I've Got Feelings Too - Albert Cummings-Tommy Shannon-George Rains

Breaking every cliché associated with the blues while producing some of the most powerful music of the 21st century comes as natural to Albert Cummings as swinging a hammer while constructing one of his award-winning custom built homes. The Massachusetts native learned the requisite three chords on the guitar from his father, but then switched to playing banjo at age 12 and became a fan of bluegrass music. Like everything he tackles, he threw himself headlong into the pursuit, going to festivals and winning several picking contests in high school. Before graduating he heard the early recordings of Stevie Ray Vaughan, however, and was floored by the virtuosity. While in college in 1987 he saw Vaughan perform and he returned to the guitar with a new outlook and resolve. He had another tradition to live up to first, however, and he studied the building trade in order to follow his family into the home building business. Not until he was 27, an age when other musicians were either already established or had long ago put their dream aside for the realities of life, did Albert finally decide to go for it.

An intense period of wood shedding resulted Albert sharing a bill with Double Trouble, the late Stevie Ray Vaughan’s rhythm section. So taken with Albert’s fire and passion were bassist Tommy Shannon and drummer Chris Layton that they volunteered to play on and produce his debut recording. In 2003 the aptly-titled From the Heart (Under the Radar), with the awesome power of a Nor’easter and the soul of a natural born artist. No less a giant of the blues than B.B. King, who Cummings acknowledged with a funky version of ‘Rock Me, Baby,’ dubbed Cummings ‘a great guitarist.’ In an era of cowboy-hatted poseurs, Cumming delivered the goods straight from the heart and shoulder with a wallop generated by his talent rather than his wardrobe.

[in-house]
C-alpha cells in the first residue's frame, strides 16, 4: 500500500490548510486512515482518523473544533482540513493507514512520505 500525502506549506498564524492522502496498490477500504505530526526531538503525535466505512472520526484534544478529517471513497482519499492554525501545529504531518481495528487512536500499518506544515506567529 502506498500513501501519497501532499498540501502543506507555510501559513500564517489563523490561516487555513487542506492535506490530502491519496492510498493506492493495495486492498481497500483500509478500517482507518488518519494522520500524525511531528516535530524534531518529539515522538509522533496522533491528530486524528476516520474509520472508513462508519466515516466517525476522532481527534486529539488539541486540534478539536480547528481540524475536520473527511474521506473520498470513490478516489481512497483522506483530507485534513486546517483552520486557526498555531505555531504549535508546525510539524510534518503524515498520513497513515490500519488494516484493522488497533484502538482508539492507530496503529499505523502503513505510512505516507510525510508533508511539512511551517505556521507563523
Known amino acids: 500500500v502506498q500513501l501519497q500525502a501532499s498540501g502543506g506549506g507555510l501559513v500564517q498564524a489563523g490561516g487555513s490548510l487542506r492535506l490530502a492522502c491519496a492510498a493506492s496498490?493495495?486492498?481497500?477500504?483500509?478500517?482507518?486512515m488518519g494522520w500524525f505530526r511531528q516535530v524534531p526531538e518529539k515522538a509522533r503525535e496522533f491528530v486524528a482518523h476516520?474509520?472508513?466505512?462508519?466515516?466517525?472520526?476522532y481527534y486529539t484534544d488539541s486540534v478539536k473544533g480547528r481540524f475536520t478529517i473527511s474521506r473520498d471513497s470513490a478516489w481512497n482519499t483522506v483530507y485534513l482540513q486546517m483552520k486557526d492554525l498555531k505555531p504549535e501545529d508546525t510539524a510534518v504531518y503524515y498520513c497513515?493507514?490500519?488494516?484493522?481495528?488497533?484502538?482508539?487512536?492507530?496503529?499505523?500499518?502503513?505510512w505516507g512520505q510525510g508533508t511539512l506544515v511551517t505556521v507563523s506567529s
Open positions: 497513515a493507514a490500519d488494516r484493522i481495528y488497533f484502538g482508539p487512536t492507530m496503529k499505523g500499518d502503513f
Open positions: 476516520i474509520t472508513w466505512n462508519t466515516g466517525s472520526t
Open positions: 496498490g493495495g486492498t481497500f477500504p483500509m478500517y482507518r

A year later Double Trouble joined Cummings again as he signed with Blind Pig Records to create True to Yourself. This time they brought in legendary producer Jim Gaines to control the sessions. The all-original release further showcased Albert’s rapidly developing songwriting chops and deeply emotional vocals as well as stunning guitar pyrotechnics that put the metallurgical properties of his strings to the test. Tours and shows with blues legends B.B. King, Johnny Winter, Buddy Guy and others brought his music to an audience grateful for the opportunity to be rocked hard by a man possessed to play every song like his life depended on it.

Working Man (Blind Pig), Albert’s summer of 2006 blockbuster release, is the culmination to date of a guitar hero’s career just taking off. A punchy, stomping cover of Merle Haggard’s blue collar standard ‘Working Man Blues’ brings it all home for the master builder and musician. The swinging Texas blues of ‘Please,’ the instant barroom boogie classic ‘Party Right Here,’ the snaky slow drag ‘Rumors’ and the rousing rocker ‘Feeling End’ show variety well beyond the typical slow blues and shuffles of so much contemporary music. The deeply emotive ballad ‘Last Dance’ that closes the disc is so evocative that a Hollywood movie could be written around it.

Albert Cummings is a man of his times and the man for the times. As he has done with his innovative homes, he has taken tradition and built his own musical edifice that expresses his thoughts and dreams. It is a vision that alternately excites and soothes while also clearly providing a glimpse of his unlimited future. The best is yet to come.